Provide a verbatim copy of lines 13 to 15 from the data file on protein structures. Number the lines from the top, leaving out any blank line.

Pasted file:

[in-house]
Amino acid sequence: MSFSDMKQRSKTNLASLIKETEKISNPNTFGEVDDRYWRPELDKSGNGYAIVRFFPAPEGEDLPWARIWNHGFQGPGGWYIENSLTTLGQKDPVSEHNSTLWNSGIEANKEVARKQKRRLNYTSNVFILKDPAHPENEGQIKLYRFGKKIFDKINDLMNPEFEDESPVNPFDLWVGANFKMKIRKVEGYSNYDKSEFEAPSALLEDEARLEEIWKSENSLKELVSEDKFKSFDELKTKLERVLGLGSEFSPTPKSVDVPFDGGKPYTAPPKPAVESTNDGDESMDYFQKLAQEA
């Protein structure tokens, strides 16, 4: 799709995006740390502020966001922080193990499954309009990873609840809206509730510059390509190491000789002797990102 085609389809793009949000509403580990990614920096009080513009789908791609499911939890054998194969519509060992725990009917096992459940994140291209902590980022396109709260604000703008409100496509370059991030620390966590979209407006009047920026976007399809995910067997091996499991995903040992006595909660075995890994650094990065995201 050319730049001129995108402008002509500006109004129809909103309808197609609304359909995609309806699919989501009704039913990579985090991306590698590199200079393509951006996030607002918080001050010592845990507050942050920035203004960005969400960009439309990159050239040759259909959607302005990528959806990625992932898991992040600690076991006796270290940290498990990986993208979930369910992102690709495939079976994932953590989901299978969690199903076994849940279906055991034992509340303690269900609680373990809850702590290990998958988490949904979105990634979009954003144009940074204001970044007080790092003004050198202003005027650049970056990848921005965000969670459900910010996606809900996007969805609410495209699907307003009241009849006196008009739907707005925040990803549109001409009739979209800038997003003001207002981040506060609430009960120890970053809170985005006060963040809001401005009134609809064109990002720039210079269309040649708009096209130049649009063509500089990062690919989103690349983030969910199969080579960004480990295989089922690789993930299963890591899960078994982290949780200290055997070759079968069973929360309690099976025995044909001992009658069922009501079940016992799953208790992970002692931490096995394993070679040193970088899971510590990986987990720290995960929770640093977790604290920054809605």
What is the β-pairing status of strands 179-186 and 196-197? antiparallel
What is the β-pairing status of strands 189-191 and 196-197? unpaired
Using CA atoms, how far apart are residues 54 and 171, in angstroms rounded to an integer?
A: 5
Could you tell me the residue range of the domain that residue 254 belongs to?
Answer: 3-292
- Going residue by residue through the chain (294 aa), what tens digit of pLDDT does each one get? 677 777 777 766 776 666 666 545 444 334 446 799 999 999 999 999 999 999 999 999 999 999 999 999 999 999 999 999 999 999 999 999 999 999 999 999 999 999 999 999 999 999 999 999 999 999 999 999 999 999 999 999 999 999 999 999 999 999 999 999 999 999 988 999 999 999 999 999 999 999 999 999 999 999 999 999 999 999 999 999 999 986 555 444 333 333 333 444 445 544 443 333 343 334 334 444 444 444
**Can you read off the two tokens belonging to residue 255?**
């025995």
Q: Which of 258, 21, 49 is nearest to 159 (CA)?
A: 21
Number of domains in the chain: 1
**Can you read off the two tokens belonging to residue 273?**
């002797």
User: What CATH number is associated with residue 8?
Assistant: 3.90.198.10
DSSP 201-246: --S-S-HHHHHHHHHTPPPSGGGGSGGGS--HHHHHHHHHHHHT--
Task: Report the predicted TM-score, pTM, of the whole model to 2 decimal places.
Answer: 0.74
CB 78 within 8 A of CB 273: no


Q: Which of 258, 21, 49 is nearest to 159 (CA)?
A: 21
Number of domains in the chain: 1